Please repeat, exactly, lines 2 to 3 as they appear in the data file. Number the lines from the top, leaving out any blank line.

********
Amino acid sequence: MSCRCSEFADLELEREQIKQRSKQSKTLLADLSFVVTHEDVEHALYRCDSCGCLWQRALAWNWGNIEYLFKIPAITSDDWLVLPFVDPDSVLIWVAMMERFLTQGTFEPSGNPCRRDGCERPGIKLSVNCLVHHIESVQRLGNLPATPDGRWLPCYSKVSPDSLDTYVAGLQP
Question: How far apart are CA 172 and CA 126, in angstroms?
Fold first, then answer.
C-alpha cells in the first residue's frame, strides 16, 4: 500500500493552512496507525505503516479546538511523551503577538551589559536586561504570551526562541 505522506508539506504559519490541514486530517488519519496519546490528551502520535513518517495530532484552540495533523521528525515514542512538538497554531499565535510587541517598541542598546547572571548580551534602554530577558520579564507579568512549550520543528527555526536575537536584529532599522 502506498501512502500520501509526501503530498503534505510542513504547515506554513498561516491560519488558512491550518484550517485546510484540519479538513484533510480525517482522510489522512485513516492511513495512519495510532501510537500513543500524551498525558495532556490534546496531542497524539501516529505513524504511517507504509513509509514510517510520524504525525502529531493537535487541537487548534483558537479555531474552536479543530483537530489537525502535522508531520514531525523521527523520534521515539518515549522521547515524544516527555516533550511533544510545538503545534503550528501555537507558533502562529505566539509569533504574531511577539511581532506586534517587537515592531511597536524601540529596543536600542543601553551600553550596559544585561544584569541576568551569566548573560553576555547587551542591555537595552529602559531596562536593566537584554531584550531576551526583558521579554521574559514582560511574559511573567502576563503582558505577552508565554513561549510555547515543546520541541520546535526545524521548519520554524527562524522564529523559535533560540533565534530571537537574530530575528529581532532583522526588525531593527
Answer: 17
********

Question: How far apart are CA 172 and CA 126, in angstroms?
Fold first, then answer.